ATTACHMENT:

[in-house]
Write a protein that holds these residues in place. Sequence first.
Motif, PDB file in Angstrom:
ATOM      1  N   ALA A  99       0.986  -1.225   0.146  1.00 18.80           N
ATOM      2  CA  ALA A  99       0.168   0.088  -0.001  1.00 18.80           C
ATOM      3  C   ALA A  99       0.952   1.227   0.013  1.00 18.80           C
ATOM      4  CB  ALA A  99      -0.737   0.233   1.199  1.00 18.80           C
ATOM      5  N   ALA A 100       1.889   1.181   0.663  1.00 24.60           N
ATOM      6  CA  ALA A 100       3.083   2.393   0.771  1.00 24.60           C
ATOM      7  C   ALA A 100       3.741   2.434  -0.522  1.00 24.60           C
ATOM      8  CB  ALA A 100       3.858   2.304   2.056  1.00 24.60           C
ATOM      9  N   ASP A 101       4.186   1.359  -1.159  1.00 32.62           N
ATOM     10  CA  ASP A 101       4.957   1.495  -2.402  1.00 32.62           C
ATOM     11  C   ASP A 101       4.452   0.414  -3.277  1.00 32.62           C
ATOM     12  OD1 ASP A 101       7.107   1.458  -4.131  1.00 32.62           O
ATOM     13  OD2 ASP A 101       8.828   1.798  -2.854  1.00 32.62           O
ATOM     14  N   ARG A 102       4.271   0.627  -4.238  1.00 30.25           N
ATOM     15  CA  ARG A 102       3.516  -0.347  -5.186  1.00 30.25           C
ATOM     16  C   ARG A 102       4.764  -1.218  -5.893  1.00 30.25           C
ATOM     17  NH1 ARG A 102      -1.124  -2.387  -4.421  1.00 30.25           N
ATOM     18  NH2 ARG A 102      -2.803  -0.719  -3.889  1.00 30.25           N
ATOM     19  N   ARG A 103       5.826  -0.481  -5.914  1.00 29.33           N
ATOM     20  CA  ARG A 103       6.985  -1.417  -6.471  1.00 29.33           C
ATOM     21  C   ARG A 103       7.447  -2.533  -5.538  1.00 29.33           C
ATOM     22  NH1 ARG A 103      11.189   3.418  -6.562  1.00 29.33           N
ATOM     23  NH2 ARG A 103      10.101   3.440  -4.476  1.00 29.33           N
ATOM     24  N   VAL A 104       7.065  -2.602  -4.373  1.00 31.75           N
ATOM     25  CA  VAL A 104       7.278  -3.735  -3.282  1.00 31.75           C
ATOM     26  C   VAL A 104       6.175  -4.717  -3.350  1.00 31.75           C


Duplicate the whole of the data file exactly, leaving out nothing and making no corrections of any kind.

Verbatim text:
[in-house]
Write a protein that holds these residues in place. Sequence first.
Motif, PDB file in Angstrom:
ATOM      1  N   ALA A  99       0.986  -1.225   0.146  1.00 18.80           N
ATOM      2  CA  ALA A  99       0.168   0.088  -0.001  1.00 18.80           C
ATOM      3  C   ALA A  99       0.952   1.227   0.013  1.00 18.80           C
ATOM      4  CB  ALA A  99      -0.737   0.233   1.199  1.00 18.80           C
ATOM      5  N   ALA A 100       1.889   1.181   0.663  1.00 24.60           N
ATOM      6  CA  ALA A 100       3.083   2.393   0.771  1.00 24.60           C
ATOM      7  C   ALA A 100       3.741   2.434  -0.522  1.00 24.60           C
ATOM      8  CB  ALA A 100       3.858   2.304   2.056  1.00 24.60           C
ATOM      9  N   ASP A 101       4.186   1.359  -1.159  1.00 32.62           N
ATOM     10  CA  ASP A 101       4.957   1.495  -2.402  1.00 32.62           C
ATOM     11  C   ASP A 101       4.452   0.414  -3.277  1.00 32.62           C
ATOM     12  OD1 ASP A 101       7.107   1.458  -4.131  1.00 32.62           O
ATOM     13  OD2 ASP A 101       8.828   1.798  -2.854  1.00 32.62           O
ATOM     14  N   ARG A 102       4.271   0.627  -4.238  1.00 30.25           N
ATOM     15  CA  ARG A 102       3.516  -0.347  -5.186  1.00 30.25           C
ATOM     16  C   ARG A 102       4.764  -1.218  -5.893  1.00 30.25           C
ATOM     17  NH1 ARG A 102      -1.124  -2.387  -4.421  1.00 30.25           N
ATOM     18  NH2 ARG A 102      -2.803  -0.719  -3.889  1.00 30.25           N
ATOM     19  N   ARG A 103       5.826  -0.481  -5.914  1.00 29.33           N
ATOM     20  CA  ARG A 103       6.985  -1.417  -6.471  1.00 29.33           C
ATOM     21  C   ARG A 103       7.447  -2.533  -5.538  1.00 29.33           C
ATOM     22  NH1 ARG A 103      11.189   3.418  -6.562  1.00 29.33           N
ATOM     23  NH2 ARG A 103      10.101   3.440  -4.476  1.00 29.33           N
ATOM     24  N   VAL A 104       7.065  -2.602  -4.373  1.00 31.75           N
ATOM     25  CA  VAL A 104       7.278  -3.735  -3.282  1.00 31.75           C
ATOM     26  C   VAL A 104       6.175  -4.717  -3.350  1.00 31.75           C